For several years, there has been a move to construct a second airport in Mumbai as it is believed that the present Santa Cruz airport will soon reach its saturation point. However, what has been conspicuous by its absence is the use of any method in determining the extent to which the current airport can be extended to serve the purpose and, in the event that it cannot, the relative merits of alternative sites. There has been little public debate; no public enquiry; no short-list of alternative sites; and no cost-benefit analysis of the sites in the public domain.
Politicians have decided that the second airport has to be in Navi Mumbai and are pushing it like mad, regardless of any significant study of the impact on the environment or on the cost-benefit assessment of the project. Knowing the politicians of Maharashtra, it is likely that they, or their benamis, have bought a fair amount of land before the decision to build an airport in Navi Mumbai was announced.
The Maharashtra government is to approach the prime minister to persuade him to “lean” on Jairam Ramesh to waive his environmental objections. The PM should, however, ask the Maharashtra government to conduct a public enquiry presided over by a judge and present a logical case for the airport. A number of steps have to be taken before finalising the site.
Initially, there needs to be a list of alternative sites. For instance, when a new airport was planned for London several decades ago, the Roskill Commission was appointed and a “first cut” list of 78 sites was prepared. These sites were examined for factors such as physical obstructions, proximity to air force/civilian airfields, noise levels, damage to monuments, etc., and the list was cut from 78 to four short-listed sites. Surely, we can prepare a list of six-to-eight alternative sites and, after screening, come to a short-list of three-to-four.
For the short-listed sites, it is necessary to prepare a forecast of the traffic — separately for business and leisure travel for up to 20 years. The forecast for each site is likely to be different because the catchment areas for the sites are unlikely to be the same.
The time and cost savings (net) to users for each location have to be computed separately for business and leisure travellers. For some persons, one site will be more convenient in terms of time spent getting there, and it will be less convenient for other persons. A survey needs to be conducted of traffic movements and the projected business and leisure movements.
Airports provide employment. In an area of relatively high unemployment, employment at the airport would make an addition to the income generated in the area and a multiplier effect; in an area of near-full employment, the net benefit would be more limited as the airport employees would come from other jobs.
Airport is a commercial enterprise. Thus, the profitability of the airport at the different short-listed sites would need to be computed. Would the profits from each site be adequate to service and pay back the loans? This would be computed based on the cost and revenue, which would be based primarily on the traffic forecasts.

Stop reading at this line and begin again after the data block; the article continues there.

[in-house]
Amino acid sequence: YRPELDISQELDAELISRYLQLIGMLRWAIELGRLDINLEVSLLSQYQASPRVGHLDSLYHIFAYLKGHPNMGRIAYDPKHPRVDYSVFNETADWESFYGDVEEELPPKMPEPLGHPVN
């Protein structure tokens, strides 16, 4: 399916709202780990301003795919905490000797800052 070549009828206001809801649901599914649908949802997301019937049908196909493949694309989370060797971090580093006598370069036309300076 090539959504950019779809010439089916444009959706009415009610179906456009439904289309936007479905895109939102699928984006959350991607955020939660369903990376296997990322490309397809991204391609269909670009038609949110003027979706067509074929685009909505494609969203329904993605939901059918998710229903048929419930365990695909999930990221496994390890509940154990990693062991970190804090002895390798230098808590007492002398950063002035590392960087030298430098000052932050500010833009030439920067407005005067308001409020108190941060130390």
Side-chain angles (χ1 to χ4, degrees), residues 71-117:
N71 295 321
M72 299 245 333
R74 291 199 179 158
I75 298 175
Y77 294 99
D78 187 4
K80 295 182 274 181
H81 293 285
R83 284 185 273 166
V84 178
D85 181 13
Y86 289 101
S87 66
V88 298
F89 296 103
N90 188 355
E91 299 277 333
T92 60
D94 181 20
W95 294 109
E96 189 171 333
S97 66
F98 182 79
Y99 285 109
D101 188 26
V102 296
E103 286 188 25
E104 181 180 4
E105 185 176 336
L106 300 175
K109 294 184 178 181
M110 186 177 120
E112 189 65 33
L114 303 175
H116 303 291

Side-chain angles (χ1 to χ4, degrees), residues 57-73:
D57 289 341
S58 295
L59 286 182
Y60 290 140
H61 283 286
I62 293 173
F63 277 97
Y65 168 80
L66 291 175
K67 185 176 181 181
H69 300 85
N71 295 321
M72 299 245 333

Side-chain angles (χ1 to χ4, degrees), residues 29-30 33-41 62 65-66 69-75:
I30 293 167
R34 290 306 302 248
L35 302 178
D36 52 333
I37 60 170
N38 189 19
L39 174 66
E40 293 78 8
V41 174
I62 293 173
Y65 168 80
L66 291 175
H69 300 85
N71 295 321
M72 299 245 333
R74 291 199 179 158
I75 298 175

Every airport brings noise pollution with it and it would vary from site to site. Noise contours can be produced for each site and for alternative traffic forecasts for each site. Cost estimates have to be assigned to each site based on the hardship caused by aircraft noise.
A new airport may result in damage to sites of architectural interest, to mangroves/forests, to coastlines, to fisheries, to amenities and to recreation sites. Rivers may need to be diverted and hillocks cut. One would have to make an inventory of such places at each site and then make estimates of the cost of the damage caused.
If any of the sites is close to a defence establishment (and one potential site for the new airport is on IAF land), then the additional cost for that site has to be estimated. The cost would be in two parts: the cost of replacing or adapting the military establishment; the cost assignable to any interference with defence air traffic facilities and the freedom of action in protected military flight safety zones.
There are also costs resulting at some sites from the loss of agricultural land, e.g. around Panvel. This would include the loss of farmers’ incomes and the loss of agricultural buildings.
One of the most important costs is the capital cost. This would have to be computed for each alternative site. This would cover land and property purchase, site clearance, earthworks, construction of the airport, runways, terminals, air traffic control, etc. Moreover, the cost of road/rail links that may have to be specially built would have to be assessed.
An airport is built for the next 20-30 years at least. It is apparent that very little work has been carried out by the government to ensure that public money is well spent. There are no studies, no comparative cost-benefit analyses, no public debate, no public enquiry — just an attempt to rush through a half-baked idea. This may be a great way for some politicians to make money but it is no way to build an airport.
The author was associated with two airport location projects in England